Boyer graduate student takes final bow
Tatyana Rashkovsky (left, as Blance de la Force) and Sharon Rose Derstine (as Madame Lidoine) star in Temple Opera Theater’s production of Dialogues of the Carmelites.
Sharon Rose Derstine, a master of music in opera performance candidate, didn’t start out in the drama of the operatic spotlight.
“I’m Pennsylvania Dutch, which is about as far away from the operatic stage as you can get,” said the Boyer College of Music and Dance student.
“I always wanted to be a doctor when I grew up,” she said. “Even though I always sang as a kid, I never really considered it as something to do professionally — it was risky, and it certainly wasn’t practical. Honestly, it just wasn’t in my world that someone would become a professional opera singer.”
At 20 years old — still unsure where her future was headed — Derstine was singing in a community choir in rural Bucks County when her life took a turn worthy of a Cinderella story.
“Nobody ever told me to stop singing, but they never complimented me either,” Derstine recalled. “One day my choir director said to me, ‘You have a good voice; you should take lessons.’ And I said, ‘Oh, OK.’ So, I started taking lessons. Then my teacher said, ‘You should go to school for voice performance.’ And again I said, ‘Oh, OK.’”
That simple, unassuming beginning led Derstine to Pittsburgh, where she auditioned at Carnegie Mellon University’s School of Music and was accepted into the voice performance program. It was there, while she was working toward her bachelor of fine arts, that Derstine says she discovered her love of opera. But, like most of her story, it didn’t happen immediately.
“It was kind of gradual for me with opera because I didn’t grow up with any of that in my background,” she said. “At first, I kind of went to see the opera in Pittsburgh out of a sense of duty. And actually I started very late; I was already 21 years old. I wouldn’t say I heard one special performance and that was it. Opera sort of grew on me. It was an acquired taste.”
Derstine might not have fallen in love with opera immediately, but the stage certainly loved her the moment she stepped into the spotlight.
In the operatic world, Derstine is known as a dramatic soprano — a singer whose voice is marked by power and expressiveness. It is the type of vocal range that is especially in demand in Europe, which is where Derstine found herself after graduation and some additional training programs. The young soprano performed professionally on stage in Germany, Spain and Italy — though the practical side of her always made sure to keep a day job as well, just in case her dream didn’t work out.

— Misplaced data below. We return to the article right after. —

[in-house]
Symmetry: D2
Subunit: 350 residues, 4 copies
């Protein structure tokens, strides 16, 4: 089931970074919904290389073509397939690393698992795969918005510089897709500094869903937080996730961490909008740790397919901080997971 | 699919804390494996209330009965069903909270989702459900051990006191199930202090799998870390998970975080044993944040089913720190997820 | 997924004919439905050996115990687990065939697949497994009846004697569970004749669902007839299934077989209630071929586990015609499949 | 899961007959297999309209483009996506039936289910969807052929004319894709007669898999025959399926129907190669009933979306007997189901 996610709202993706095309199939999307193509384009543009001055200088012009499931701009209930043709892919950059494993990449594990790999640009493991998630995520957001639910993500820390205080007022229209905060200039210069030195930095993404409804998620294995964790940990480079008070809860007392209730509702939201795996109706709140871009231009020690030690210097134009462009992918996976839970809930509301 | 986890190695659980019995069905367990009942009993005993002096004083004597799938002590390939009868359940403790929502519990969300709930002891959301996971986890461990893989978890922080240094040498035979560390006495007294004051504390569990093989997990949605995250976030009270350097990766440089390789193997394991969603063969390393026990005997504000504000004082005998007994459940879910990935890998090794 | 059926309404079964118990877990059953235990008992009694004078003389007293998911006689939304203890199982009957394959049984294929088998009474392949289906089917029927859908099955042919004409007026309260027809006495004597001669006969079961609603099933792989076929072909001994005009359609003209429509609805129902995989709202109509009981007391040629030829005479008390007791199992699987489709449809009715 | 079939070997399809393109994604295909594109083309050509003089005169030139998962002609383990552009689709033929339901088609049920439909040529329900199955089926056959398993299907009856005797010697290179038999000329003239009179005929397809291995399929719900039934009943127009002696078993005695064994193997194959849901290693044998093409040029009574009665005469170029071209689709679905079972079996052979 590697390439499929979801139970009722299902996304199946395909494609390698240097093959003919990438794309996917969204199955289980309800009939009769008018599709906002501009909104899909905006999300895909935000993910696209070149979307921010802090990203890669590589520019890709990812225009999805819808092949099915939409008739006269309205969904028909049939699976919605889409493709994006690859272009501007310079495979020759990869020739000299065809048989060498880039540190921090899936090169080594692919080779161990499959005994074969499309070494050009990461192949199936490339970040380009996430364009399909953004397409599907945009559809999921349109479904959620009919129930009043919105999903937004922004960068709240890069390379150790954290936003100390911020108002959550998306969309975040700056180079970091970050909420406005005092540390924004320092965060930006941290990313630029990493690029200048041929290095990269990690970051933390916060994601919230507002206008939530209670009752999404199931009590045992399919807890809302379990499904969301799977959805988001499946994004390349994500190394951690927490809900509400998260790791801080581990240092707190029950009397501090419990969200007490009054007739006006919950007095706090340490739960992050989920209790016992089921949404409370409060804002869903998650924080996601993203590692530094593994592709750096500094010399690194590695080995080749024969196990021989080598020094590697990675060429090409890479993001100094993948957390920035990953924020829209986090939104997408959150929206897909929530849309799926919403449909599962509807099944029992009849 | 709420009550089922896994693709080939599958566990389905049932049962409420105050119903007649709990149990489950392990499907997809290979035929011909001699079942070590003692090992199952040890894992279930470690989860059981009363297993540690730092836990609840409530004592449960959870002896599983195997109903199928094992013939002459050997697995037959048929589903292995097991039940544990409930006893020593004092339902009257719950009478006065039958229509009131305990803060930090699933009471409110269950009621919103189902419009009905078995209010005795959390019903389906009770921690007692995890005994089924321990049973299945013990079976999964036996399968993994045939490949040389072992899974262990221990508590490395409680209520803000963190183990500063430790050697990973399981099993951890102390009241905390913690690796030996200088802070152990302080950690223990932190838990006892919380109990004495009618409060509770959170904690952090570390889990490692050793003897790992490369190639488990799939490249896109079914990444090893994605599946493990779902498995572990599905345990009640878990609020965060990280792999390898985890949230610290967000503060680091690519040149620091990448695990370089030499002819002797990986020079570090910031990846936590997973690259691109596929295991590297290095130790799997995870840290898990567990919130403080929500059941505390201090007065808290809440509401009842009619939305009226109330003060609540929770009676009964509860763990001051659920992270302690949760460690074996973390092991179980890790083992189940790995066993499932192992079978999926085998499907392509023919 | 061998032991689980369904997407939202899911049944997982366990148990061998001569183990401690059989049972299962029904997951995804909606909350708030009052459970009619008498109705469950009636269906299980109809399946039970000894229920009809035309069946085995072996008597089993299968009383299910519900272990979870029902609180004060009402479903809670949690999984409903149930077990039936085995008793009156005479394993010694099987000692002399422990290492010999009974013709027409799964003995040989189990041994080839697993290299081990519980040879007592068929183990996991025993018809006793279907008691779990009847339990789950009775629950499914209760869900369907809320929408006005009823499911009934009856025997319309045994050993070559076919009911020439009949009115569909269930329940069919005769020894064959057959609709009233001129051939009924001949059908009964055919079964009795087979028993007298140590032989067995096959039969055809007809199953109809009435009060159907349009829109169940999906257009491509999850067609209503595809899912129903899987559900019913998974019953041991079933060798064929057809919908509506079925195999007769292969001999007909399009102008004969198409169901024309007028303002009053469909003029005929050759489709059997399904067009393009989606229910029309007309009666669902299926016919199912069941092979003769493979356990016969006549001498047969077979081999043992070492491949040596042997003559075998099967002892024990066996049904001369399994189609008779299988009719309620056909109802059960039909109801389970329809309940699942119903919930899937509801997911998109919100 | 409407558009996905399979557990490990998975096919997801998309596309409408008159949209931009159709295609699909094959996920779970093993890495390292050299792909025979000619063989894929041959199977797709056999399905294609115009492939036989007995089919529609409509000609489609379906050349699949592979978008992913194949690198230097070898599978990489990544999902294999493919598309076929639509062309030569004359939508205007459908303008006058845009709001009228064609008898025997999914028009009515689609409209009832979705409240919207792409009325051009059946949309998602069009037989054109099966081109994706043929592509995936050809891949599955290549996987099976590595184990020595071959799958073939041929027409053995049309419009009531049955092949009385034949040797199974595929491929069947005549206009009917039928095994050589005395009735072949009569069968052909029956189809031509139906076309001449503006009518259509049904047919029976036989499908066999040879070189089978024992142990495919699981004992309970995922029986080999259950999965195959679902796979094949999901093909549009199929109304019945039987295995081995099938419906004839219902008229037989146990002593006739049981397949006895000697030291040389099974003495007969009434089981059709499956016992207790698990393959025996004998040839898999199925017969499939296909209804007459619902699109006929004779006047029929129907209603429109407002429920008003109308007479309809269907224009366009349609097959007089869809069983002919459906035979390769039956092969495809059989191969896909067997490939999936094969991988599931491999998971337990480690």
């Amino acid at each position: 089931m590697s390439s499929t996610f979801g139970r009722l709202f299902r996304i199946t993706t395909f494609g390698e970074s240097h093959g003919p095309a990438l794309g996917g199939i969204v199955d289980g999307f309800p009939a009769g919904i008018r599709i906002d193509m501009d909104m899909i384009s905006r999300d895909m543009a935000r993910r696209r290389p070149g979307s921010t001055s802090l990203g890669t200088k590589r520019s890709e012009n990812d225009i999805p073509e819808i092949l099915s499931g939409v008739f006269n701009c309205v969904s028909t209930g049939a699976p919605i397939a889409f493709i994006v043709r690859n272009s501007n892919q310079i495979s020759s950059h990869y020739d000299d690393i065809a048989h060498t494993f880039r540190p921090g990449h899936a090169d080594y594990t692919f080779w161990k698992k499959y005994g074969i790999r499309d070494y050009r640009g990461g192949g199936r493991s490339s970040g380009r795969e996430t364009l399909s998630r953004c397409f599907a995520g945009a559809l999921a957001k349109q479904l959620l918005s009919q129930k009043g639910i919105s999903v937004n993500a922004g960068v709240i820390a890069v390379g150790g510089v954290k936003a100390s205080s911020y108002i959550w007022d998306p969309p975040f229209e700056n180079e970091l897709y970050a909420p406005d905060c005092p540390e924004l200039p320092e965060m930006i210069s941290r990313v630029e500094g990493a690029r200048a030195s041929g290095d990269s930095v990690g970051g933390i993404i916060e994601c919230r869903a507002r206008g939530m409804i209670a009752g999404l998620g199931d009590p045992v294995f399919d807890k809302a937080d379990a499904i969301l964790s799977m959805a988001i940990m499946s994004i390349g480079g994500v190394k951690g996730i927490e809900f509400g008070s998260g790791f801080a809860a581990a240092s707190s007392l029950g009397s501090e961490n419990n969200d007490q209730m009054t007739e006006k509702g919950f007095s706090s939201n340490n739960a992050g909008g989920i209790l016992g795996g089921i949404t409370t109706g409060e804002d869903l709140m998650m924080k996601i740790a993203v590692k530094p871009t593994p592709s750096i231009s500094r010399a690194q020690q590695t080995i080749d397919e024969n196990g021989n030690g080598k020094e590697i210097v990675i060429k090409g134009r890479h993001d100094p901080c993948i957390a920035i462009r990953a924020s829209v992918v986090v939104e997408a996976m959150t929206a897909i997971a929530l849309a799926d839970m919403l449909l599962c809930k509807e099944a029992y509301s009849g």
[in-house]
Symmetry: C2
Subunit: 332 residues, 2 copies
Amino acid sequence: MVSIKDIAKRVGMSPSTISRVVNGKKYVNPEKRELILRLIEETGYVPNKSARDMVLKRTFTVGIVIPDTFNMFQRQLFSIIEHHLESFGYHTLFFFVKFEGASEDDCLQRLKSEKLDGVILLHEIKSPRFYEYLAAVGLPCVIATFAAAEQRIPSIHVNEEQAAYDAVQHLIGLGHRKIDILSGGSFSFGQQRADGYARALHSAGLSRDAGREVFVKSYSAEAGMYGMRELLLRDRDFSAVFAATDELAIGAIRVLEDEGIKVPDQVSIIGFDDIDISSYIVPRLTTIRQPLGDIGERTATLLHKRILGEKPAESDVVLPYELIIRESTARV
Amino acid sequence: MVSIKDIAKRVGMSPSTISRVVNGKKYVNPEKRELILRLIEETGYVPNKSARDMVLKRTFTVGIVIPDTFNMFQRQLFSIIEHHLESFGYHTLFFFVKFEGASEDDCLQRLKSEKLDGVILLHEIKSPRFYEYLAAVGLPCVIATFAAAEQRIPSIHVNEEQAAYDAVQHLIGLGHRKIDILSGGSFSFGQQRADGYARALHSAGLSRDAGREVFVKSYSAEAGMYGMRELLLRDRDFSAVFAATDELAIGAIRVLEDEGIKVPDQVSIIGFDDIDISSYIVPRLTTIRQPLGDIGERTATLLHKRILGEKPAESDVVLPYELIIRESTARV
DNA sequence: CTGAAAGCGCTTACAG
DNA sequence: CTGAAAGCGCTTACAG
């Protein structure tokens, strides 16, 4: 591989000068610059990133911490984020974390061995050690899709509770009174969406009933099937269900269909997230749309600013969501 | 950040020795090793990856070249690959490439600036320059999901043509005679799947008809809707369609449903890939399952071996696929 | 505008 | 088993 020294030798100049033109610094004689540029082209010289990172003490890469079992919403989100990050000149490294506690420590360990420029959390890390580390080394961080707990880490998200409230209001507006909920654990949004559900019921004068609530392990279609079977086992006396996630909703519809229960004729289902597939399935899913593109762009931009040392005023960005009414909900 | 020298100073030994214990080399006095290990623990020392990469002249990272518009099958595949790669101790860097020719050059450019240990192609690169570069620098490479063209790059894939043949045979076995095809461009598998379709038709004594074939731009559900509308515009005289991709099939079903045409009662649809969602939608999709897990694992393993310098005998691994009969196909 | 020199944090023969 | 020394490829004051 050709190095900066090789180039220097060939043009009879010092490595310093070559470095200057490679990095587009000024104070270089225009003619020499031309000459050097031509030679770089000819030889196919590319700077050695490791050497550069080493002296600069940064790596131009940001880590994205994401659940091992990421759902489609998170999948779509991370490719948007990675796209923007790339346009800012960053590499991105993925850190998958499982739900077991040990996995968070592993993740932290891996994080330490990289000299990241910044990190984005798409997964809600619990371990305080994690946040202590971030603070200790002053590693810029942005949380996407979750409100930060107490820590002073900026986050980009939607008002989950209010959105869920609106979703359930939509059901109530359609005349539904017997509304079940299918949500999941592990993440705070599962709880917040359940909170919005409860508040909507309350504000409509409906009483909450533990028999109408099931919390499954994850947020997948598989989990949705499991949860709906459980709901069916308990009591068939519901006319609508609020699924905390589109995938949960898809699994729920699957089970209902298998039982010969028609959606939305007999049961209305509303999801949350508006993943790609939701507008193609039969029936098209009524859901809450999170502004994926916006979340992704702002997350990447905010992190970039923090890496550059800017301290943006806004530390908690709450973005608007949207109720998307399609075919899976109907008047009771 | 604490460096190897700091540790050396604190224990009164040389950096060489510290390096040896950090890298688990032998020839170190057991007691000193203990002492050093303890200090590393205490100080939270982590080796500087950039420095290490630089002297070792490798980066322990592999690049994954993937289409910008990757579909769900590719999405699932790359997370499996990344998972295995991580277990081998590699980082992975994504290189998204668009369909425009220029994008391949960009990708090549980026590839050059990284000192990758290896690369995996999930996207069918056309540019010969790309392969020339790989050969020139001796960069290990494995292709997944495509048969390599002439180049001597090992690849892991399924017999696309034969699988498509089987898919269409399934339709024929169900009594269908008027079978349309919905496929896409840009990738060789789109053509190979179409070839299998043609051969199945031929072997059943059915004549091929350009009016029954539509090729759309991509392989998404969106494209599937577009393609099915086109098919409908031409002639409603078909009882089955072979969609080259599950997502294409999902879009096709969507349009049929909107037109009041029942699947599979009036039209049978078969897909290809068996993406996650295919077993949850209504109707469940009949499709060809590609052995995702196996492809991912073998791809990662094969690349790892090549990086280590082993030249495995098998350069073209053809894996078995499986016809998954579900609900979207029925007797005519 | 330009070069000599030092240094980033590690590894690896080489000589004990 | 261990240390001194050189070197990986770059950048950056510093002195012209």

Derstine made the difficult decision to leave the international stage after four years to take some time off and raise her daughter, Cory. It was during that time, while studying privately in Philadelphia with voice teacher Carlos Serrano, a lecturer in voice at the Boyer College, that Derstine enrolled to pursue her master of music at Temple.
After spending the better part of the past three years in Boyer’s highly competitive opera program, Derstine is preparing to make her final appearance on the Temple Opera Theater stage in Francis Poulenc’s Dialogues of the Carmelites on Friday and Sunday, Nov. 19 and 21.
Derstine will command the role of Madame Lidoine, a role originally written for famous French singer Regine Crespin.
“The role Sharon is playing requires a substantially sized voice, capable of delivering authority without strain so that it can also at times be compassionate,” said John Douglas, an associate professor of voice and opera at Boyer who also serves as musical director of Temple Opera Theater.
“I am lucky to have Sharon — who is preparing to assault the German repertoire by storm — as part of our impressive cast,” Douglas added. “She is also an incredible trouper, not one to shy away from painting, hammering nails or getting her hands dirty. She will be deeply missed.”
With five Temple Opera Theater productions to her credit, Derstine admitted that her last curtain call will be bittersweet. Still, she is looking forward to professional auditions and future roles — whether they are on stage in the States or again abroad — because, she says, with a little help along the way, she knows she has found her mark on the operatic stage.
“It feels like I am just doing what I am meant to do. I don’t feel like someone special when I’m up there on stage,” Derstine said. “I just feel like I’m doing my job and that’s what I’m meant to do. And I try to bring to the characters that I’m singing and to the music, something that will touch people, and something they can take home with them. I really feel that that is my job.”
Conducted by John Douglas, associate professor of voice and opera and musical director of Temple Opera Theater; under the direction of guest artist Laura Johnson; and produced by James Johnson of Temple Opera Theater, Dialogues of the Carmelites opens on Friday, Nov. 19.
- By Gina Carson